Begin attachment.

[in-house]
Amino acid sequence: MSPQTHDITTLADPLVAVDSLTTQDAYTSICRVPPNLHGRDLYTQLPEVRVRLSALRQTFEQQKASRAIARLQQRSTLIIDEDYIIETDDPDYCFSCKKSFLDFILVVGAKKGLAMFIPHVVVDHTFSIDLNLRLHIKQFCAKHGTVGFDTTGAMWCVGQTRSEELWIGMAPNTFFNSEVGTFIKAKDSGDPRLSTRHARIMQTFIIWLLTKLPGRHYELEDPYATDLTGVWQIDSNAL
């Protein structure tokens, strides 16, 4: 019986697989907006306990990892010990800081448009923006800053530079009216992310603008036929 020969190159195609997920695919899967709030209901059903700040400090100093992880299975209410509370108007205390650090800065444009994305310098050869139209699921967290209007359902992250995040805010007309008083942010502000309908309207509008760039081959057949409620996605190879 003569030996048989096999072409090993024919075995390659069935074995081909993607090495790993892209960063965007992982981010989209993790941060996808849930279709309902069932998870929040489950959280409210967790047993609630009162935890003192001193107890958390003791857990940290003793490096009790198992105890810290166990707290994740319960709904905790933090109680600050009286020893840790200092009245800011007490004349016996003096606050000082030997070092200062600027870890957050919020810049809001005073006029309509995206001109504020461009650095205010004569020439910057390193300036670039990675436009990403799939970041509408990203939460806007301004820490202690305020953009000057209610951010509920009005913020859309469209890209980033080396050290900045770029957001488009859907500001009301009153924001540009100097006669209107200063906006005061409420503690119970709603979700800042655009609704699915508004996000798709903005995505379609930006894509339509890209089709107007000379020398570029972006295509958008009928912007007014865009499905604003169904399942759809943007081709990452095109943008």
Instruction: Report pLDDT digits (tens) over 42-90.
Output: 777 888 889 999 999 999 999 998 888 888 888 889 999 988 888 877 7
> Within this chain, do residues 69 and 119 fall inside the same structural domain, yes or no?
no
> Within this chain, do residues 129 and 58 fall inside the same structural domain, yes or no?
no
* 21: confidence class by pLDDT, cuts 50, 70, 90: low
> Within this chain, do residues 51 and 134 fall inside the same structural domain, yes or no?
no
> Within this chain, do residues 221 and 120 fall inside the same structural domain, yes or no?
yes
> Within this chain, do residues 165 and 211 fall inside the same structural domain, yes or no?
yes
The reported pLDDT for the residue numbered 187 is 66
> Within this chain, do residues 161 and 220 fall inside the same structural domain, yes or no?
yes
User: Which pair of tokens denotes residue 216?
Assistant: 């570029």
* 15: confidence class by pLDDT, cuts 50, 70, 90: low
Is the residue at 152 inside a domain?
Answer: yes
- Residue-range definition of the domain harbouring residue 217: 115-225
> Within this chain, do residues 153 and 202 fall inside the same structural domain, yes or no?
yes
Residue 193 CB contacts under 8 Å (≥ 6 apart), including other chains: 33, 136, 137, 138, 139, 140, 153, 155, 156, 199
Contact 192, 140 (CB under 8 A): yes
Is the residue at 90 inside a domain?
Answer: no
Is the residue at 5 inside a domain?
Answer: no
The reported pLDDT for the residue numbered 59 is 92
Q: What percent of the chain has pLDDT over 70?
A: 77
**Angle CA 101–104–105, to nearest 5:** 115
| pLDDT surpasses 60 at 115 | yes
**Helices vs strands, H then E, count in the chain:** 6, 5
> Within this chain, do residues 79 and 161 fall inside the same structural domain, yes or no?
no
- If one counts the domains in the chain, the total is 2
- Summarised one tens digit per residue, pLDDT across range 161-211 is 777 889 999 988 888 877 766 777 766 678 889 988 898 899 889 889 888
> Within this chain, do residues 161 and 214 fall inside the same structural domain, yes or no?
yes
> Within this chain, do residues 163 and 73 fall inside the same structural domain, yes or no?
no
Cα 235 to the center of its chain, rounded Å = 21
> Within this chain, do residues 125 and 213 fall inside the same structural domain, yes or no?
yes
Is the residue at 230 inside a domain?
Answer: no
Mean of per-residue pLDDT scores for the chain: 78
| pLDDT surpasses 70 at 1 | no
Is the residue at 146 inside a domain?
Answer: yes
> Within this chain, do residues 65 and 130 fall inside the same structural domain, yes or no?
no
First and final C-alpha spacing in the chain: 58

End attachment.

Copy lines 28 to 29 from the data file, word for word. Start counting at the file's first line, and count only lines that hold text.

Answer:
Residue 193 CB contacts under 8 Å (≥ 6 apart), including other chains: 33, 136, 137, 138, 139, 140, 153, 155, 156, 199
Contact 192, 140 (CB under 8 A): yes